A teacher who can’t find a basis for objective truth should get into a new line of work, rather than teaching others to deny all objective truth. A teacher who doesn’t know God should simply admit his ignorance, rather than trying to lead others. As Jesus said, “Can a blind man lead a blind man? Will they not both fall into a pit?” (Luke 6:39) Higher education without God is not high at all; it brings you down into a pit.
Knowledge and Understanding
- Budziszewski (pronounced boo-jee-shef’-ski) is a Christian professor who teaches at the University of Texas. He knows how students raised in a Christian home can go to college and lose their belief in God and in biblical morality, because that’s what happened to him. He knows how professors can teach students a mindset of disbelief, because that’s what he did to his students for years before he repented and turned to Christ. J. Budziszewski has written an excellent book, How to Stay Christian in College, which I highly recommend.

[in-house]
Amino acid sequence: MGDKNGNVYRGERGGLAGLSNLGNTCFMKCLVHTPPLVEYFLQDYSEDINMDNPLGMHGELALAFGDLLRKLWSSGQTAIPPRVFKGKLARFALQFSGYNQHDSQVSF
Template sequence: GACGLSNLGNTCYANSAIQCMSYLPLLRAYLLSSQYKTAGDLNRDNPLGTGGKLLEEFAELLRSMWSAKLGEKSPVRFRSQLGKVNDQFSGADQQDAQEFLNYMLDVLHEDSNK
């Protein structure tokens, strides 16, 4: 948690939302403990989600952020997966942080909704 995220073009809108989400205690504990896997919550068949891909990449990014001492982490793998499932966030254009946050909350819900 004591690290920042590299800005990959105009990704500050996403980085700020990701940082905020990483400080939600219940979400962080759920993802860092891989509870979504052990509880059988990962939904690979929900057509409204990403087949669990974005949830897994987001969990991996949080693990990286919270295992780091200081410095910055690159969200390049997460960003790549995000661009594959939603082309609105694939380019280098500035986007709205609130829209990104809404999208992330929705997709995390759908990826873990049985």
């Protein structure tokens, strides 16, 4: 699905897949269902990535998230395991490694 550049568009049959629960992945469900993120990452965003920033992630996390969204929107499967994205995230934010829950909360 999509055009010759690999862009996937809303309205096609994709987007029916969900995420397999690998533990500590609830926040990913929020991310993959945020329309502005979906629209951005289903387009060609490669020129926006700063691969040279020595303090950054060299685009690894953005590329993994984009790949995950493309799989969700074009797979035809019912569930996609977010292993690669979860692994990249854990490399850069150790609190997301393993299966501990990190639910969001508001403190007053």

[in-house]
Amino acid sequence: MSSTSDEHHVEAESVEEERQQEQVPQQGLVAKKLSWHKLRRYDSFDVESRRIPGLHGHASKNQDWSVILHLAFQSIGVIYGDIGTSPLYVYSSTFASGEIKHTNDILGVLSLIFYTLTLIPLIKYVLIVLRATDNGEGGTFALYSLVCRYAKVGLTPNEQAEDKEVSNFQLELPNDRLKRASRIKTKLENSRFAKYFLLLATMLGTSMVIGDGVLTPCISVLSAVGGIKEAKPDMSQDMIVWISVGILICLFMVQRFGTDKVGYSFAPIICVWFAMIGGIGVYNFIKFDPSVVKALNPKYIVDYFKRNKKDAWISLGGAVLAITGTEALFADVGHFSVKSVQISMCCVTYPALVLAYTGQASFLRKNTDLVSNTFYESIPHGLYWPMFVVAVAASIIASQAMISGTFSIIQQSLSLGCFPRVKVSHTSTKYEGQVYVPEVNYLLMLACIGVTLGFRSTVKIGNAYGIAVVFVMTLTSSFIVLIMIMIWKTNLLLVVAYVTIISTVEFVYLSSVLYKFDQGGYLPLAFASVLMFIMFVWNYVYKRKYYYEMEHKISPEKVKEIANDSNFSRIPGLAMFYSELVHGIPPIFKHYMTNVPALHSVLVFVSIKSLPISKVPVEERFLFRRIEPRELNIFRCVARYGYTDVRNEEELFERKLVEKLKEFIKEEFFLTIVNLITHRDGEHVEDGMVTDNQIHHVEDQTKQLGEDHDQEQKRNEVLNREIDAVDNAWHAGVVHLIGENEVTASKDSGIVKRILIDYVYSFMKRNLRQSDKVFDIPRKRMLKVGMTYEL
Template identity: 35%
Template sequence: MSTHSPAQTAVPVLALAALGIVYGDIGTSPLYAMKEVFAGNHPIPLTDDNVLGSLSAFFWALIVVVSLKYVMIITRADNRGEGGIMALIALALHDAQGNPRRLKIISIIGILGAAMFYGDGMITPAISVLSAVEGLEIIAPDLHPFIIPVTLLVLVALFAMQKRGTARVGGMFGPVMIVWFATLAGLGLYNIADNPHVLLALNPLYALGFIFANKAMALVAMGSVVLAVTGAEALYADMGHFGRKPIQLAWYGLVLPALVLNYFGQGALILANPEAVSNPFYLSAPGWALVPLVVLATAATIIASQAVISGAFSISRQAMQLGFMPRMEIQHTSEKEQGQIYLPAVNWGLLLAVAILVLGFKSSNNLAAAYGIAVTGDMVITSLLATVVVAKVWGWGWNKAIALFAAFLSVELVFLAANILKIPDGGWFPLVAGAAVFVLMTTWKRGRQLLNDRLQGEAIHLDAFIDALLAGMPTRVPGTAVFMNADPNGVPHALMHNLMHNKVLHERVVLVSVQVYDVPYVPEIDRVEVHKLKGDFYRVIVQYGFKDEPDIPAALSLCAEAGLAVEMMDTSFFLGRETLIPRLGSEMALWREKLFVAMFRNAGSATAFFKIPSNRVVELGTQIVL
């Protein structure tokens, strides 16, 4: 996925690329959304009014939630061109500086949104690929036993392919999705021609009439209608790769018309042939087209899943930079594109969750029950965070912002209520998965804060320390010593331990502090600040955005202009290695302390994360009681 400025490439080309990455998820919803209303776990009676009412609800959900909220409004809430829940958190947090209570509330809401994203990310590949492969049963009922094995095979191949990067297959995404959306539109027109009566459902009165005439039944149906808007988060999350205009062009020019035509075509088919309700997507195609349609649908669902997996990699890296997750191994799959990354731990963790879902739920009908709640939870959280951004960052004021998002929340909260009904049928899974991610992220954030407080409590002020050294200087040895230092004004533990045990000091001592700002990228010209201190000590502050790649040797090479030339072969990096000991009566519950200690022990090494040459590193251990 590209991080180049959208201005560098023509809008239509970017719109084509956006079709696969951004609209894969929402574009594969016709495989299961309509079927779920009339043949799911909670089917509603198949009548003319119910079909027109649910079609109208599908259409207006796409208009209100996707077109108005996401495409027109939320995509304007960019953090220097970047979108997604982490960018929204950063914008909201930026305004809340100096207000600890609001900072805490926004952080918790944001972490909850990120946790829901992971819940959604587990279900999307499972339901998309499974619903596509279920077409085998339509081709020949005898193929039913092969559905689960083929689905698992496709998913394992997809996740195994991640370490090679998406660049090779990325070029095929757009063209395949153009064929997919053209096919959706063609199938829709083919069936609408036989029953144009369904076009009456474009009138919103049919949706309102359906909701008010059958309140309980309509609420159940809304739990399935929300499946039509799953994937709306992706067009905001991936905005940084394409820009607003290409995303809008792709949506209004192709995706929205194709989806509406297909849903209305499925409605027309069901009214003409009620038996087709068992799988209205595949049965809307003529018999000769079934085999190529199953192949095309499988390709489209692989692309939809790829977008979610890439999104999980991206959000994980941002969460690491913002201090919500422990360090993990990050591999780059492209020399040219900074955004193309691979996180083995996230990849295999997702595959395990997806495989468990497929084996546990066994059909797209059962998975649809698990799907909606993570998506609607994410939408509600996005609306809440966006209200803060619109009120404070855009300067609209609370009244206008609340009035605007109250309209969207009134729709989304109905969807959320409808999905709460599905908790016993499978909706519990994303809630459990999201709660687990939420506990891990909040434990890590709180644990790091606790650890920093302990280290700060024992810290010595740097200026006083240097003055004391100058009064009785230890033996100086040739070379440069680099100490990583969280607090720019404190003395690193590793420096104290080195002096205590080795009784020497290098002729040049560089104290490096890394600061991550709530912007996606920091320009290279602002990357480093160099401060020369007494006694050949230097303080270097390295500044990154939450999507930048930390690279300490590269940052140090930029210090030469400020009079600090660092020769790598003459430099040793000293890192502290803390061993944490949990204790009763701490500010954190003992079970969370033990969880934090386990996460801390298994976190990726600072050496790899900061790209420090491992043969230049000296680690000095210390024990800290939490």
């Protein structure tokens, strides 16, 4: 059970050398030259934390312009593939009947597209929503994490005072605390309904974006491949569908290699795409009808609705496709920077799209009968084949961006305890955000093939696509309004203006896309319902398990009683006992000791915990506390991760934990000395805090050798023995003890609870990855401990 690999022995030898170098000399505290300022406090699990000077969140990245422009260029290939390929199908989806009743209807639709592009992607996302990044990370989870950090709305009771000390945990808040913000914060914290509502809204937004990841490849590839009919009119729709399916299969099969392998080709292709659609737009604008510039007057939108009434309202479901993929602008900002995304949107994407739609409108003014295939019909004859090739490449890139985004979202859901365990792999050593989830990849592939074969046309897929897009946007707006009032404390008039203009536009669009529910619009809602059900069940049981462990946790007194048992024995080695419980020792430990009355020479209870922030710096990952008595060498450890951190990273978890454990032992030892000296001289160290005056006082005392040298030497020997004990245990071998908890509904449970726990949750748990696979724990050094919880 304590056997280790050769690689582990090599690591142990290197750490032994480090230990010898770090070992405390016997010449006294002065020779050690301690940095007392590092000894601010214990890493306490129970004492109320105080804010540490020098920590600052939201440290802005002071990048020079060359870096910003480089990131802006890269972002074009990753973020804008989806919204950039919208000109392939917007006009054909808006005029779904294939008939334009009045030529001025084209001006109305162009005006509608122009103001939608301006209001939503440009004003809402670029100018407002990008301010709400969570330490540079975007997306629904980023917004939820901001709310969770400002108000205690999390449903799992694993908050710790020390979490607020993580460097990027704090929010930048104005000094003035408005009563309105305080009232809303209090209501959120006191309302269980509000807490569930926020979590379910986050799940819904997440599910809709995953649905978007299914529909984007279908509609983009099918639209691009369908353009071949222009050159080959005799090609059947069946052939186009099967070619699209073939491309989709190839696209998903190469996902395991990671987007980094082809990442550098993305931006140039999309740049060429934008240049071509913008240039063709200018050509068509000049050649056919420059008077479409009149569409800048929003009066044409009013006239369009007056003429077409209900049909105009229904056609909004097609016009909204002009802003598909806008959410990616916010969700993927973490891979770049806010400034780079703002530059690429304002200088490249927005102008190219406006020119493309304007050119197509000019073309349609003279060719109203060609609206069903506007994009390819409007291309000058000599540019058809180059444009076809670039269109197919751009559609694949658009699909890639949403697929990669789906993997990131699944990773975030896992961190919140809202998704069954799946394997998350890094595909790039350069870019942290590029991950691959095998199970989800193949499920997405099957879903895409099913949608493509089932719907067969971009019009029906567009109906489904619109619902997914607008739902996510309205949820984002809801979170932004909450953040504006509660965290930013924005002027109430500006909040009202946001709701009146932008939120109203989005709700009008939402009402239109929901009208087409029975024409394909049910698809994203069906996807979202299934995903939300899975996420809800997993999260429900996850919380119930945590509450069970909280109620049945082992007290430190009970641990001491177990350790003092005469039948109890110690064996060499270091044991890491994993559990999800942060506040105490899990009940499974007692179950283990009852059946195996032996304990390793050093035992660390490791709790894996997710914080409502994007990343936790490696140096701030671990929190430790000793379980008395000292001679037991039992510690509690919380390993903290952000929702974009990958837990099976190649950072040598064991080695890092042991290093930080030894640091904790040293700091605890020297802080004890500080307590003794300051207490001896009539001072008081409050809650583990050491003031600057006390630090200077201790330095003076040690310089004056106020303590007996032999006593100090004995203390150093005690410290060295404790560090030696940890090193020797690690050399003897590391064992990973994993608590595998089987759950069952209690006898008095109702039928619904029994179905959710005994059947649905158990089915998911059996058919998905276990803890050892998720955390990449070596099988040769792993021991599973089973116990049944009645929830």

Professor Budziszewski knows that university campuses can feel like a different world, a hostile world, to students who come from Christian homes. He says,
One day a student approached me after class. She seemed close to tears. “In lecture today, you mentioned that you’re a Christian,” she said. “I’ve never heard that from any other professor, and every day I spend at this university I feel my faith is under attack.
If you’re a student, you might feel like that girl. In the classroom, your professors teach ideas that contradict God’s truth. In the dorms, your fellow students have language and lifestyles that trash God’s will. You feel surrounded. You may be strongly tempted to reject the Lord. You may think that these professors and students must know something you don’t. These people are really smart, and they don’t believe the Bible or trust the Lord. You may get the impression that faith is only for those who can’t think and don’t know how to have fun.